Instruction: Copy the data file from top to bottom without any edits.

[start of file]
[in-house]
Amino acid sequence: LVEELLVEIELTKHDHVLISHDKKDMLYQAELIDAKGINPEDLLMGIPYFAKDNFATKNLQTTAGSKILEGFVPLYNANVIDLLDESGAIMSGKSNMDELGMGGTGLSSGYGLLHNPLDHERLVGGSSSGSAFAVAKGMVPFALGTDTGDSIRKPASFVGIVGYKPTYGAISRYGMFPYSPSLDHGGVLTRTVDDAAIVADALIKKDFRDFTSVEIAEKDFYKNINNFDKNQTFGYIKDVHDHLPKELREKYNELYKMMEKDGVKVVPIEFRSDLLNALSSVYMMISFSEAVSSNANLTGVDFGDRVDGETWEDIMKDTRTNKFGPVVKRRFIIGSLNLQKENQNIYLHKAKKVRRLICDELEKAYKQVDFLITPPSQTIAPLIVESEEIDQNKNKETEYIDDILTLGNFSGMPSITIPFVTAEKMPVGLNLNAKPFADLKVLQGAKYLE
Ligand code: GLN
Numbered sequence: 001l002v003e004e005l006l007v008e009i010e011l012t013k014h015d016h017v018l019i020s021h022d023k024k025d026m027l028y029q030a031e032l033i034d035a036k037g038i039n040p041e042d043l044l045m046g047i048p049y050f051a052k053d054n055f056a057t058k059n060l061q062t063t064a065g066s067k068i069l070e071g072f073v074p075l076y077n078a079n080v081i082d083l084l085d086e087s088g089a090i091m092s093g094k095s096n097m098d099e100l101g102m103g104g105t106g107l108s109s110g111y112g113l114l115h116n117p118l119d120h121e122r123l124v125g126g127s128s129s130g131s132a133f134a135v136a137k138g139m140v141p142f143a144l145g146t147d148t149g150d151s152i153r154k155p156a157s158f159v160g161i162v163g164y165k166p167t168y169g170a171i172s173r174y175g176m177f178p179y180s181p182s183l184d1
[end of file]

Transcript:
[in-house]
Amino acid sequence: LVEELLVEIELTKHDHVLISHDKKDMLYQAELIDAKGINPEDLLMGIPYFAKDNFATKNLQTTAGSKILEGFVPLYNANVIDLLDESGAIMSGKSNMDELGMGGTGLSSGYGLLHNPLDHERLVGGSSSGSAFAVAKGMVPFALGTDTGDSIRKPASFVGIVGYKPTYGAISRYGMFPYSPSLDHGGVLTRTVDDAAIVADALIKKDFRDFTSVEIAEKDFYKNINNFDKNQTFGYIKDVHDHLPKELREKYNELYKMMEKDGVKVVPIEFRSDLLNALSSVYMMISFSEAVSSNANLTGVDFGDRVDGETWEDIMKDTRTNKFGPVVKRRFIIGSLNLQKENQNIYLHKAKKVRRLICDELEKAYKQVDFLITPPSQTIAPLIVESEEIDQNKNKETEYIDDILTLGNFSGMPSITIPFVTAEKMPVGLNLNAKPFADLKVLQGAKYLE
Ligand code: GLN
Numbered sequence: 001l002v003e004e005l006l007v008e009i010e011l012t013k014h015d016h017v018l019i020s021h022d023k024k025d026m027l028y029q030a031e032l033i034d035a036k037g038i039n040p041e042d043l044l045m046g047i048p049y050f051a052k053d054n055f056a057t058k059n060l061q062t063t064a065g066s067k068i069l070e071g072f073v074p075l076y077n078a079n080v081i082d083l084l085d086e087s088g089a090i091m092s093g094k095s096n097m098d099e100l101g102m103g104g105t106g107l108s109s110g111y112g113l114l115h116n117p118l119d120h121e122r123l124v125g126g127s128s129s130g131s132a133f134a135v136a137k138g139m140v141p142f143a144l145g146t147d148t149g150d151s152i153r154k155p156a157s158f159v160g161i162v163g164y165k166p167t168y169g170a171i172s173r174y175g176m177f178p179y180s181p182s183l184d1